J.D. Vance, a Cincinnati businessman and author also running in the GOP primary, said if Gibbons can afford to self-fund his campaign he didn’t need the federal money for his company and “shamefully abused the trust of taxpayers to line his pockets, at the expense of those who truly needed that money to survive,” according to a news release issued by Vance’s campaign.

“How many struggling small businesses in Ohio went bankrupt or were forced to fire their workers just because Mike Gibbons cut ahead of them in line for PPP funds that he didn’t even need?” Vance said.

The other Republican candidate in the race is Josh Mandel of Beachwood, a former Ohio treasurer, who also did not comment.

The other Democrats in the race are Morgan Harper, a Columbus attorney, and U.S. Rep. Tim Ryan, D-Howland Twp. in Trumbull County.

“Tim fought to bring billions of dollars in Paycheck Protection Program loans to Ohio, and just last week voted to replenish the Restaurant Revitalization Fund to continue supporting Ohio’s family businesses — unlike his hypocritical millionaire opponents who have slammed the programs that helped Ohio businesses keep their doors open while eagerly accepting those same funds,” said Izzi Levy, press secretary for the Ryan campaign.

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Vance owns Narya, a Cincinnati venture capital firm that his campaign said did not receive PPP money. Campaigns for Timken, Harper and Ryan said they do not own businesses.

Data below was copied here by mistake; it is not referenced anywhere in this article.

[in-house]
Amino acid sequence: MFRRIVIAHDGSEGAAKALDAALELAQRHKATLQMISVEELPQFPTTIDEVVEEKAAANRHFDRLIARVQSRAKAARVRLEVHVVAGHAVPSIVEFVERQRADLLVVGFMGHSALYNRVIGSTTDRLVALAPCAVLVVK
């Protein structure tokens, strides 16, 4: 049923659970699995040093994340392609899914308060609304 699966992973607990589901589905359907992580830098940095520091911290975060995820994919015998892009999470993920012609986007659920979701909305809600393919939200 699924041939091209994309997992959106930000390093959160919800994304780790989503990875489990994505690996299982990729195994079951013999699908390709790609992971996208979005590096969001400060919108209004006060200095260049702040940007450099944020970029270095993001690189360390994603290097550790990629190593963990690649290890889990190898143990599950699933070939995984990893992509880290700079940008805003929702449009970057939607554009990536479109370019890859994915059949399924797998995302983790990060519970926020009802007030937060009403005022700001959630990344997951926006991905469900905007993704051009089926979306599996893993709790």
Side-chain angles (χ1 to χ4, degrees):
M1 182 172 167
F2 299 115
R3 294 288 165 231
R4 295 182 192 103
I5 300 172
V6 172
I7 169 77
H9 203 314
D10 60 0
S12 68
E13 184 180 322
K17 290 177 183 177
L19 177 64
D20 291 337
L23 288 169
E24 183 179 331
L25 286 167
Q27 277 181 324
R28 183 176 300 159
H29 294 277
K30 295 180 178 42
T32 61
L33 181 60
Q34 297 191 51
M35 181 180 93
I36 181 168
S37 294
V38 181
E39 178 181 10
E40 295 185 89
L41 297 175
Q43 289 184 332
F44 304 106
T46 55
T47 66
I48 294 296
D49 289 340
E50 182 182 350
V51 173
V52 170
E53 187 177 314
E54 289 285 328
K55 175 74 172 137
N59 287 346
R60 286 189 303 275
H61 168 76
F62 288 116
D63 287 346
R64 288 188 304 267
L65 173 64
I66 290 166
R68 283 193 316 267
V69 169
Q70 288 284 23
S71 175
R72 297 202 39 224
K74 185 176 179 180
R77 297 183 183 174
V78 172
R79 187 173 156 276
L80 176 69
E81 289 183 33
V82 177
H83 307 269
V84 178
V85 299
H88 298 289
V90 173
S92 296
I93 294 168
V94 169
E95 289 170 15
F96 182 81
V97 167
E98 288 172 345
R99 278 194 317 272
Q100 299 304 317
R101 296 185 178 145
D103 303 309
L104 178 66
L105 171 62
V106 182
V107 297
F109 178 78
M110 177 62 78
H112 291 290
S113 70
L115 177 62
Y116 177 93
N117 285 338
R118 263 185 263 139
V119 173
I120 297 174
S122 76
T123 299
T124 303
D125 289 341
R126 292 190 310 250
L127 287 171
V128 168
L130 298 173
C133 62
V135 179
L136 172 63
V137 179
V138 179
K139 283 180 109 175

The PPP program, which ended May 31, awarded 11.5 million loans, including 352,307 in Ohio, according to the ProPublica data updated March 28. Loans totaled $793 billion, of which $629 billion was forgiven.

Loans were eligible to be forgiven if 60 percent of the money was spent on payroll and the rest on other eligible expenses, and employee and compensation levels were maintained, according the the U.S. Small Business Administration website. The program ran out of money in the first round and was criticized because many very large corporations got money that critics said should have gone to smaller companies. Congress replenished funding and the program ended May 31.

Gibbons, Pukita and Dolan are all campaigning on opposition to what they consider to be overspending by the government.

In a March debate Pukita denounced what he called “profligate” government spending and his website says he wants to “transform a government culture of entitlement, endless expansion, waste, fraud, abuse and dependency.”

At a forum held last year Gibbons said he would have voted against the CARES Act, according to Cleveland.com. In March he told the Dayton Daily News that the U.S. government is broke and taxes are too high.

“I don’t believe in dependency on the government other than if you are completely incapable of supporting yourself,” Gibbons said.

Dolan’s website says, “Ohio’s hardworking families should not be forced to bear the brunt of Washington’s reckless and out-of-control spending binge. For too long lawmakers have ignored our ballooning national debt and have failed to take action.”

Credit: Nick Graham

Credit: Nick Graham

But in an emailed comment last week, Dolan said he supported the CARES Act.

“Seeing that Ohio and the nation faced unprecedented and unforeseen pandemic challenges of the COVID-19 pandemic, I would have voted for the CARES Act,” Dolan said. “In the midst of an unforeseen national emergency, the federal government had a responsibility to assist hard-working families, keeping Ohioans employed and delivering much-needed relief to small businesses. It’s clear this helped to avoid layoffs and provided necessary resources to aid medical professionals in saving lives.”